Finding the Median value using SQL

Here is a simple method of finding the median value using SQL. The first will be a simple example that finds the median number of units sold for a given book (ISBN) over a period of time. There will be 3 sections of code (that will be combined using CTEs). First we need to find the median number, that is for a given book, how many times was it sold. The sales_data table contains 3 columns: ISBN, SaleDate, UnitsSold

select ISBN,
       ceiling(count(*)/2.0) as median
  from sales_data
 group by ISBN

The use of ceiling in the above equation accounts for the fact that if we have only 1 sale for an ISBN, then 1/2=0, whereas ceiling(1/2.0)=1. The need for the median to start at 1 and not 0 will become evident in the text below.

select ISBN,
       Units_Sold,
       ROW_NUMBER() OVER(Partition by ISBN Order by Units_Sold) as r_num
  from sales_data

Since we want to know the median of UnitsSold we must Order by UnitsSold. Using the rownumber() function we get a set of numbers, starting at 1 (here is the need for ceiling above) and continuing until we get a new ISBN. Once we get a new ISBN, the numbering restarts at 1. Let’s say that our test data looks like this:

ISBN Units_Sold r_num

9780000000001 10 1

9780000000001 13 2

9780000000001 20 3

Our median will be ceiling(3/2.0)=2. That means the median value for Units_Sold for ISBN=9780000000001 is 13. The full code is below. Please note I create this as a view so there is no need to be a ; before the first with.

Create view MedianUnitsSold
as
with base
as
(
select ISBN,
       ceiling(count(*)/2.0) as median
  from sales_data
 group by ISBN
),
population
as
(
select ISBN,
       Units_Sold,
       ROW_NUMBER() OVER(Partition by ISBN Order by Units_Sold) as r_num
  from sales_data
)
select p.ISBN,
       p.Units_Sold
  from population p
  join base b on (b.ISBN=p.ISBN
       and b.median=p.r_num)

As always, I hope this post has been able to help you solve a problem that you’ve had or provided you with some new insight. Feel free to post comments below.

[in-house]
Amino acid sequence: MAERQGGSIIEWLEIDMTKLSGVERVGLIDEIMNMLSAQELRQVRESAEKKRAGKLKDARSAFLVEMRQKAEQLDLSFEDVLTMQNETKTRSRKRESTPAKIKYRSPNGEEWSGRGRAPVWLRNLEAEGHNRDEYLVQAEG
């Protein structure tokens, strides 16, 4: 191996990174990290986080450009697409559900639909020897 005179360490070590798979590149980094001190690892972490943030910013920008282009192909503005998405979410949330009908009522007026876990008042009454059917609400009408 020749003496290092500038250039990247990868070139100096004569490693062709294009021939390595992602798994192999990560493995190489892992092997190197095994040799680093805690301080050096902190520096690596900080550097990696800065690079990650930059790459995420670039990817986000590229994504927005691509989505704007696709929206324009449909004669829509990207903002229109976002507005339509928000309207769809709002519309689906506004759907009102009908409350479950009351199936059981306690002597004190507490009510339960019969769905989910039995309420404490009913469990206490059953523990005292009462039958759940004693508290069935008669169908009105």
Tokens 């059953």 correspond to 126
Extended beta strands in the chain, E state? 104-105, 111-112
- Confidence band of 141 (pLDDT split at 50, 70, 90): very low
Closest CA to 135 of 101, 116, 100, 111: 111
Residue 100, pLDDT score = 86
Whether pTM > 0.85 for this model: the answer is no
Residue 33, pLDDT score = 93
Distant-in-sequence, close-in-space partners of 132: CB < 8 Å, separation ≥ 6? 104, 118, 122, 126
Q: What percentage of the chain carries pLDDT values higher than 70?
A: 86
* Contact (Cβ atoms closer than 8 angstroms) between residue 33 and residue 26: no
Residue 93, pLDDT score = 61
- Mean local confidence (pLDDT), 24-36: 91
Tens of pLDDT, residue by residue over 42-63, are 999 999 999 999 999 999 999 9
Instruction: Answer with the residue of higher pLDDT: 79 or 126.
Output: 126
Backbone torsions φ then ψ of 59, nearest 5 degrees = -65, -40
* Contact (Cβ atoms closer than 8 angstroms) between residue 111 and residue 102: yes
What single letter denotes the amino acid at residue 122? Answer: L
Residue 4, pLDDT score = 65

Auto-increment without the need of a table.

I came across a situation where I need unique numbers for both a large and small set of data. The standard approach is to create a table with an identity column and do your inserts. For a table with tens of thousands of records, this might be the best approach, but there is another one: ROW_NUMBER().

The key to using the ROW_NUMBER() function is to provide a constant so you will get a contiguous sequence.  Let's look at sample data.

Format
  AB
  AL
  CD
  CE
  GG
  LI

Let's look at the function:

ROW_NUMBER() OVER (Partition by <group> order by <columns>)

I can first construct the function as follows

 select Format,
         ROW_NUMBER() OVER(PARTITION BY Format ORDER BY FORMAT) as id

However this will give us the following results:

id Format
 1   AB
 1   AL
 1   CD
 1   CE
 1   GG
 1   LI

The reason is your PARTITION BY creates a unique number for each format. To solve this problem you need to put a value that will never change over the life of the select. I use 1.

 select Format,
         ROW_NUMBER() OVER(PARTITION BY 1 ORDER BY FORMAT) as id

The new result set is:

id Format
 1   AB
 2   AL
 3   CD
 4   CE
 5   GG
 6   LI

Hope this helps improve your sql. As always, leave comments below.

 

 

 

 

Using Row_Number to pick the correct entry.

There have been numerous occasions where I have to pick a one of two records out of a given result set, but how I determine which one has some unique rules.  I have two examples of this and I show how I used Row_Number() to solve this.

The first set of data has these sets of rules:

  • For any given ISBN13, give me the 'Acquisition Editor' if they exist and if they do not exist, provide the 'Editor', known as [Role].
  • If there are multiple persons for the chosen [Role], pick the one with the lowest [SortOrder].
  • If [SortOrder] is null, pick the first name alphabetically.

Here is the solution:

select ISBN13,
       DisplayName,
       [Role]
  from (select ISBN13,
               DisplayName,
               [Role],
               ROW_NUMBER() OVER(Partition by ISBN13 order by [Role],isnull(cast(SortOrder as varchar(40)),DisplayName)) as Row
          from dbo.ProductContact
          where C006_Role in ('Acquisition Editor','Editor')) d
where Row=1

The second set of data had the following rules:

  • For a given ISBN13, provide the sum of the  'First Printing', which can be under either PrintNumber '0000' or '0001'. 
  • PrintNumber '0000' is always chosen over '0001' if it exists.

Here is the solution:

select isbn13,
       Printing_Number,
       First_Run
   from (SELECT isbn13,
                Printing_Number,
                Sum(Print_Run) as First_Run,                
                ROW_NUMBER() OVER(PARTITION by isbn13 order by Printing_Number) as Row
           FROM dbo.PPB
          where Printing_Number in ('0000','0001')
          group by isbn13,Printing_Number) d
  where Row=1